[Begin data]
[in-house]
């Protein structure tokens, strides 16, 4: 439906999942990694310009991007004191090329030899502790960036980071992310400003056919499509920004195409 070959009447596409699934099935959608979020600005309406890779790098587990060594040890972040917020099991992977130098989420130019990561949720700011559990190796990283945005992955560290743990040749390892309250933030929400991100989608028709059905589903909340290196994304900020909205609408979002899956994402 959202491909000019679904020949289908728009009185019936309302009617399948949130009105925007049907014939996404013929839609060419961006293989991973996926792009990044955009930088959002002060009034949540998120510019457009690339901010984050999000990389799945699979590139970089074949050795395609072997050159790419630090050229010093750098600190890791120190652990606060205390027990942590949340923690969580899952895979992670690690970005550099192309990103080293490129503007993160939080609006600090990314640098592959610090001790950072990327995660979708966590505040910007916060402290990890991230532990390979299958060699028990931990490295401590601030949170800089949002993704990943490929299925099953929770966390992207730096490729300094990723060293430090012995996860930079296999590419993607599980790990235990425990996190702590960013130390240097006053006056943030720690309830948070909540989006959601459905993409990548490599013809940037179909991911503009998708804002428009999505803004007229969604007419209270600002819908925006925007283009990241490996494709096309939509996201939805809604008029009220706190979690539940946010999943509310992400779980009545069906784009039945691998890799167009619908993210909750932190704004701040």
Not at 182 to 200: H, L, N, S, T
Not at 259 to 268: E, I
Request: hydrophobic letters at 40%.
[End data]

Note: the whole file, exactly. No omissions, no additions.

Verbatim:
[in-house]
């Protein structure tokens, strides 16, 4: 439906999942990694310009991007004191090329030899502790960036980071992310400003056919499509920004195409 070959009447596409699934099935959608979020600005309406890779790098587990060594040890972040917020099991992977130098989420130019990561949720700011559990190796990283945005992955560290743990040749390892309250933030929400991100989608028709059905589903909340290196994304900020909205609408979002899956994402 959202491909000019679904020949289908728009009185019936309302009617399948949130009105925007049907014939996404013929839609060419961006293989991973996926792009990044955009930088959002002060009034949540998120510019457009690339901010984050999000990389799945699979590139970089074949050795395609072997050159790419630090050229010093750098600190890791120190652990606060205390027990942590949340923690969580899952895979992670690690970005550099192309990103080293490129503007993160939080609006600090990314640098592959610090001790950072990327995660979708966590505040910007916060402290990890991230532990390979299958060699028990931990490295401590601030949170800089949002993704990943490929299925099953929770966390992207730096490729300094990723060293430090012995996860930079296999590419993607599980790990235990425990996190702590960013130390240097006053006056943030720690309830948070909540989006959601459905993409990548490599013809940037179909991911503009998708804002428009999505803004007229969604007419209270600002819908925006925007283009990241490996494709096309939509996201939805809604008029009220706190979690539940946010999943509310992400779980009545069906784009039945691998890799167009619908993210909750932190704004701040």
Not at 182 to 200: H, L, N, S, T
Not at 259 to 268: E, I
Request: hydrophobic letters at 40%.